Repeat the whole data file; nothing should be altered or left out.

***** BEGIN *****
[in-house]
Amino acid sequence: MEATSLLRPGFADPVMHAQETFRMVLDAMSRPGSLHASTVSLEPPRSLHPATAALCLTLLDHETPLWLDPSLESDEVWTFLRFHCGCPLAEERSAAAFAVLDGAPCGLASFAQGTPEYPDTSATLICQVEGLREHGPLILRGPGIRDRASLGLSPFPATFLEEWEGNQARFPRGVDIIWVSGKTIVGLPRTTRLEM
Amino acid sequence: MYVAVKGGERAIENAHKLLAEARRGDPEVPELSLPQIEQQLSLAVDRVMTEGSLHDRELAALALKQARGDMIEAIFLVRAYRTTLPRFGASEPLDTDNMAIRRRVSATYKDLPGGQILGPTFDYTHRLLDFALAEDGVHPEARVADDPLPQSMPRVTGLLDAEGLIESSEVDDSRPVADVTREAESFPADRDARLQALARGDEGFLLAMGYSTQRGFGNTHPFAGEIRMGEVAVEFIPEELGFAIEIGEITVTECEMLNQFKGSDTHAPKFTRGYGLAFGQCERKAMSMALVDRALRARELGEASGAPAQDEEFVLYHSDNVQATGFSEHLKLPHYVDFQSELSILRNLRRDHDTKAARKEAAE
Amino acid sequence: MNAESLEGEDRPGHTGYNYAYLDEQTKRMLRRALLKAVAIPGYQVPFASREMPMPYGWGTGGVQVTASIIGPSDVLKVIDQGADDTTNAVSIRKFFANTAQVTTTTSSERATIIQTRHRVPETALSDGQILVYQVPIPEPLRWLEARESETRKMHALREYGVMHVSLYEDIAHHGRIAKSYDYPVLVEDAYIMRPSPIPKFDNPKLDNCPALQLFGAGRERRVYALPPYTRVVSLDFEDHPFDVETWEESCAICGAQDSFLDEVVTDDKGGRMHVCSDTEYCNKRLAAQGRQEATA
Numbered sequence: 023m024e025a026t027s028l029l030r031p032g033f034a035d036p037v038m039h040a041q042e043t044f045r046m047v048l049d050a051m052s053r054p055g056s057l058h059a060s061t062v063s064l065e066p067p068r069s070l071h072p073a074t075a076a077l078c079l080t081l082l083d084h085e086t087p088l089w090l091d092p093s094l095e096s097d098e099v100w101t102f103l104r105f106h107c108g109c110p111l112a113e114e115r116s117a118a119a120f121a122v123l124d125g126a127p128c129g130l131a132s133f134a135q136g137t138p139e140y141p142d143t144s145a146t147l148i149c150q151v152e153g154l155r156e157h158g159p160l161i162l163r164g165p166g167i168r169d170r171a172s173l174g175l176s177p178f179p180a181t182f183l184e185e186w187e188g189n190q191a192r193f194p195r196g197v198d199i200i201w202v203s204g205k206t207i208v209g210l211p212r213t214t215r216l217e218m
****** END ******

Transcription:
[in-house]
Amino acid sequence: MEATSLLRPGFADPVMHAQETFRMVLDAMSRPGSLHASTVSLEPPRSLHPATAALCLTLLDHETPLWLDPSLESDEVWTFLRFHCGCPLAEERSAAAFAVLDGAPCGLASFAQGTPEYPDTSATLICQVEGLREHGPLILRGPGIRDRASLGLSPFPATFLEEWEGNQARFPRGVDIIWVSGKTIVGLPRTTRLEM
Amino acid sequence: MYVAVKGGERAIENAHKLLAEARRGDPEVPELSLPQIEQQLSLAVDRVMTEGSLHDRELAALALKQARGDMIEAIFLVRAYRTTLPRFGASEPLDTDNMAIRRRVSATYKDLPGGQILGPTFDYTHRLLDFALAEDGVHPEARVADDPLPQSMPRVTGLLDAEGLIESSEVDDSRPVADVTREAESFPADRDARLQALARGDEGFLLAMGYSTQRGFGNTHPFAGEIRMGEVAVEFIPEELGFAIEIGEITVTECEMLNQFKGSDTHAPKFTRGYGLAFGQCERKAMSMALVDRALRARELGEASGAPAQDEEFVLYHSDNVQATGFSEHLKLPHYVDFQSELSILRNLRRDHDTKAARKEAAE
Amino acid sequence: MNAESLEGEDRPGHTGYNYAYLDEQTKRMLRRALLKAVAIPGYQVPFASREMPMPYGWGTGGVQVTASIIGPSDVLKVIDQGADDTTNAVSIRKFFANTAQVTTTTSSERATIIQTRHRVPETALSDGQILVYQVPIPEPLRWLEARESETRKMHALREYGVMHVSLYEDIAHHGRIAKSYDYPVLVEDAYIMRPSPIPKFDNPKLDNCPALQLFGAGRERRVYALPPYTRVVSLDFEDHPFDVETWEESCAICGAQDSFLDEVVTDDKGGRMHVCSDTEYCNKRLAAQGRQEATA
Numbered sequence: 023m024e025a026t027s028l029l030r031p032g033f034a035d036p037v038m039h040a041q042e043t044f045r046m047v048l049d050a051m052s053r054p055g056s057l058h059a060s061t062v063s064l065e066p067p068r069s070l071h072p073a074t075a076a077l078c079l080t081l082l083d084h085e086t087p088l089w090l091d092p093s094l095e096s097d098e099v100w101t102f103l104r105f106h107c108g109c110p111l112a113e114e115r116s117a118a119a120f121a122v123l124d125g126a127p128c129g130l131a132s133f134a135q136g137t138p139e140y141p142d143t144s145a146t147l148i149c150q151v152e153g154l155r156e157h158g159p160l161i162l163r164g165p166g167i168r169d170r171a172s173l174g175l176s177p178f179p180a181t182f183l184e185e186w187e188g189n190q191a192r193f194p195r196g197v198d199i200i201w202v203s204g205k206t207i208v209g210l211p212r213t214t215r216l217e218m